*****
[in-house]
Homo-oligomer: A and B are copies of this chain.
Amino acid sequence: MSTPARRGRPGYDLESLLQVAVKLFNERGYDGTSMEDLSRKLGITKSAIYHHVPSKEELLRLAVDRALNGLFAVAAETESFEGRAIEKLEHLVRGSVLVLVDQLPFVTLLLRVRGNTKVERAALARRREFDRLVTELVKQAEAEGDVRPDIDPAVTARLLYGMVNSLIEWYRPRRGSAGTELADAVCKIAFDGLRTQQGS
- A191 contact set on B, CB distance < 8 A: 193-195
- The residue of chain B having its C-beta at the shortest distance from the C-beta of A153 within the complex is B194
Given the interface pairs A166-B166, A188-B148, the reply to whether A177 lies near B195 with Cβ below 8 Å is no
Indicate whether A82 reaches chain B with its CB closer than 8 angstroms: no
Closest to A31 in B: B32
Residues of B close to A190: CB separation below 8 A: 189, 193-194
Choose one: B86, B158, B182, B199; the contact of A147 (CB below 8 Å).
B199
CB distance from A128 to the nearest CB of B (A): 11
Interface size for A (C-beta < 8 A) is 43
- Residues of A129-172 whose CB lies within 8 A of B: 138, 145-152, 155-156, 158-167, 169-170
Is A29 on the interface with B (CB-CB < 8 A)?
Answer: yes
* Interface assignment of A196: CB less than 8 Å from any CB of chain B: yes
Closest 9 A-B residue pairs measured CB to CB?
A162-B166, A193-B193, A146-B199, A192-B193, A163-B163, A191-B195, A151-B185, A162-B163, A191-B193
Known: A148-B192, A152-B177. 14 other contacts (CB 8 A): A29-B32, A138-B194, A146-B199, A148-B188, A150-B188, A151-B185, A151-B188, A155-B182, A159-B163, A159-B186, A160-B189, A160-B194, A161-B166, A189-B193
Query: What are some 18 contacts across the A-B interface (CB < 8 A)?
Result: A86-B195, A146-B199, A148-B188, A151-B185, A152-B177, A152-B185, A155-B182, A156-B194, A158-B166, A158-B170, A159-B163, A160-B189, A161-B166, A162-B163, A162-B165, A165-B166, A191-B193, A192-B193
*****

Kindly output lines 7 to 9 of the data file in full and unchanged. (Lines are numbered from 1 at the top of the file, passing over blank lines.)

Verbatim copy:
Indicate whether A82 reaches chain B with its CB closer than 8 angstroms: no
Closest to A31 in B: B32
Residues of B close to A190: CB separation below 8 A: 189, 193-194